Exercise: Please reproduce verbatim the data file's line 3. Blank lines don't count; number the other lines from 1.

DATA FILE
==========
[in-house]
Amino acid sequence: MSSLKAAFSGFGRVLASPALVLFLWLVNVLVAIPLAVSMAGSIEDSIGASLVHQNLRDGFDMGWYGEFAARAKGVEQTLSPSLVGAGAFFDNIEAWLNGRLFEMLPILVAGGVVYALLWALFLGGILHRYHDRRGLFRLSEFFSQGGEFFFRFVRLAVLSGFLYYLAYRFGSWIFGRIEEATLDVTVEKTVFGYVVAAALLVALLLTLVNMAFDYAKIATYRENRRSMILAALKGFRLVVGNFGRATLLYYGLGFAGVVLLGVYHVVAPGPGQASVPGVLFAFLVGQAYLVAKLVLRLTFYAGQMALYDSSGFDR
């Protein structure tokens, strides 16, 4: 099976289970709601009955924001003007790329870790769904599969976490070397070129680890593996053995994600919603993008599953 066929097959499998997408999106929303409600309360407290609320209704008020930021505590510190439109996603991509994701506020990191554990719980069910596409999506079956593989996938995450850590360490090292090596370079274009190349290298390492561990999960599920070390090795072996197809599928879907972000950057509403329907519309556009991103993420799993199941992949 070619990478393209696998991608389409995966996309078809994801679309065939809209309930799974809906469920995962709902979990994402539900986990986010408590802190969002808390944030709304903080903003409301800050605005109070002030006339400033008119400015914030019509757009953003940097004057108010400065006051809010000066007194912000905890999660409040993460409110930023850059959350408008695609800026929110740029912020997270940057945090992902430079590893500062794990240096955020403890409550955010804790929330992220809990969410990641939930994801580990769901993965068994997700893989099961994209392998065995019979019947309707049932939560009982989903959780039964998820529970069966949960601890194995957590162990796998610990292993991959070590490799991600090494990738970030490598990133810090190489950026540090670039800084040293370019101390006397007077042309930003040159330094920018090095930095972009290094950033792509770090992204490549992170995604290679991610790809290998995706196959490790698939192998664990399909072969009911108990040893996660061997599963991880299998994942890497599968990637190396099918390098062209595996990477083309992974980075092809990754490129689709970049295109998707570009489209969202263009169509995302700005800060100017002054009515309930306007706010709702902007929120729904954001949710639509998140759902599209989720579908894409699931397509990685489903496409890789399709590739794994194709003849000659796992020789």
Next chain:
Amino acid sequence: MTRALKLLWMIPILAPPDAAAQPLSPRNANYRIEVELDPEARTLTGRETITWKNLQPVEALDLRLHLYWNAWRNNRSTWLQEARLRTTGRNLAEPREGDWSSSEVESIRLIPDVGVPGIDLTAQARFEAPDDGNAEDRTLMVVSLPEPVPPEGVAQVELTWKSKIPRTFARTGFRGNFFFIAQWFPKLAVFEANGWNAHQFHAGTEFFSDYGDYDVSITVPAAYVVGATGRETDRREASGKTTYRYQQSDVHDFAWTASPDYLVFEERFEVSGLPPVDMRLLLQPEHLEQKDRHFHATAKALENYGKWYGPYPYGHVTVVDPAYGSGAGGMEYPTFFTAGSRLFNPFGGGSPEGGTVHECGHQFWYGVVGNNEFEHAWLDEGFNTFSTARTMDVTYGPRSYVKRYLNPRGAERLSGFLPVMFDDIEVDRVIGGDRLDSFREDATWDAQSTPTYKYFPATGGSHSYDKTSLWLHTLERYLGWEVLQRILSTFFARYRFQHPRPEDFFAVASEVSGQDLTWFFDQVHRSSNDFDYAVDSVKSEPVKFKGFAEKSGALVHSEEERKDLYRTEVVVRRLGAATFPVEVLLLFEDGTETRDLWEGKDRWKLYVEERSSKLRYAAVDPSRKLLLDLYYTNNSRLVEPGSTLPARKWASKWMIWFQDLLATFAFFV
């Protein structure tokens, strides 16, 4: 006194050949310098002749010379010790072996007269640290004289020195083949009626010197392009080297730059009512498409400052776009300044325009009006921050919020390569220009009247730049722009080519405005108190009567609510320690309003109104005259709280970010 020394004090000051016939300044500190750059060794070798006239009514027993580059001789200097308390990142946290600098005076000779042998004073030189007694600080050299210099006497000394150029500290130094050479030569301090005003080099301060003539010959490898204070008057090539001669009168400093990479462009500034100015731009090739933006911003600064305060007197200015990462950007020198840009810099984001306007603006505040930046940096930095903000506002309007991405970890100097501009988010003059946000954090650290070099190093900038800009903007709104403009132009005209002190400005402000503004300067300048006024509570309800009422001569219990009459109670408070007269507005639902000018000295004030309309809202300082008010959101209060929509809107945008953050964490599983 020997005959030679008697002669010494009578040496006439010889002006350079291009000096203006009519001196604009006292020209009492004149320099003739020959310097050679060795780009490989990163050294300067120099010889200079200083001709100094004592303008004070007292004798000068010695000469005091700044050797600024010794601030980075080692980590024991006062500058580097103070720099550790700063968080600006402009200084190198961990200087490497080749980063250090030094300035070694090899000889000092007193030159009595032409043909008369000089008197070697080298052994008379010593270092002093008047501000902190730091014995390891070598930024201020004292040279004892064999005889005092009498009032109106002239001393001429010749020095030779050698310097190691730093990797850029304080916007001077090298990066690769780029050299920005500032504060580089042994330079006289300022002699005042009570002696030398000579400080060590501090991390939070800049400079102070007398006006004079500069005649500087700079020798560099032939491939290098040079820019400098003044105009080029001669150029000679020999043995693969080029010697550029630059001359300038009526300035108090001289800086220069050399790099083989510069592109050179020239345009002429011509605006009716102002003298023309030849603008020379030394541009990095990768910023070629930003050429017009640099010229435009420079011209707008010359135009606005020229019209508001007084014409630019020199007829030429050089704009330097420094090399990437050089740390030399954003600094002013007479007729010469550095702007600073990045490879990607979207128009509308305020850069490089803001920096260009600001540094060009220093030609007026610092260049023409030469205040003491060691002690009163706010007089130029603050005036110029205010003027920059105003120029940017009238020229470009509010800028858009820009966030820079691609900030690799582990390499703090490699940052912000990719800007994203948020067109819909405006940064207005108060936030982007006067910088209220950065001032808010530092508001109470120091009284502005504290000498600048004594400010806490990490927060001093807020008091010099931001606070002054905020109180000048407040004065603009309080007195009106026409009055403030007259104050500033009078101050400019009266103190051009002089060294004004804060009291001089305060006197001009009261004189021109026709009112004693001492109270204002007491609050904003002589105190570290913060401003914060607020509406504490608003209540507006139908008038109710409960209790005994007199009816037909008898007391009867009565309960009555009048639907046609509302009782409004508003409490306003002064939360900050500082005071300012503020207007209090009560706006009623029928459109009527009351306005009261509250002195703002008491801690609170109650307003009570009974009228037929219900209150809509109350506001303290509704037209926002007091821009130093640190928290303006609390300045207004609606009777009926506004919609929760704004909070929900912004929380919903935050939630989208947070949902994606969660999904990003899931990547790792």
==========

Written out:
């Protein structure tokens, strides 16, 4: 099976289970709601009955924001003007790329870790769904599969976490070397070129680890593996053995994600919603993008599953 066929097959499998997408999106929303409600309360407290609320209704008020930021505590510190439109996603991509994701506020990191554990719980069910596409999506079956593989996938995450850590360490090292090596370079274009190349290298390492561990999960599920070390090795072996197809599928879907972000950057509403329907519309556009991103993420799993199941992949 070619990478393209696998991608389409995966996309078809994801679309065939809209309930799974809906469920995962709902979990994402539900986990986010408590802190969002808390944030709304903080903003409301800050605005109070002030006339400033008119400015914030019509757009953003940097004057108010400065006051809010000066007194912000905890999660409040993460409110930023850059959350408008695609800026929110740029912020997270940057945090992902430079590893500062794990240096955020403890409550955010804790929330992220809990969410990641939930994801580990769901993965068994997700893989099961994209392998065995019979019947309707049932939560009982989903959780039964998820529970069966949960601890194995957590162990796998610990292993991959070590490799991600090494990738970030490598990133810090190489950026540090670039800084040293370019101390006397007077042309930003040159330094920018090095930095972009290094950033792509770090992204490549992170995604290679991610790809290998995706196959490790698939192998664990399909072969009911108990040893996660061997599963991880299998994942890497599968990637190396099918390098062209595996990477083309992974980075092809990754490129689709970049295109998707570009489209969202263009169509995302700005800060100017002054009515309930306007706010709702902007929120729904954001949710639509998140759902599209989720579908894409699931397509990685489903496409890789399709590739794994194709003849000659796992020789």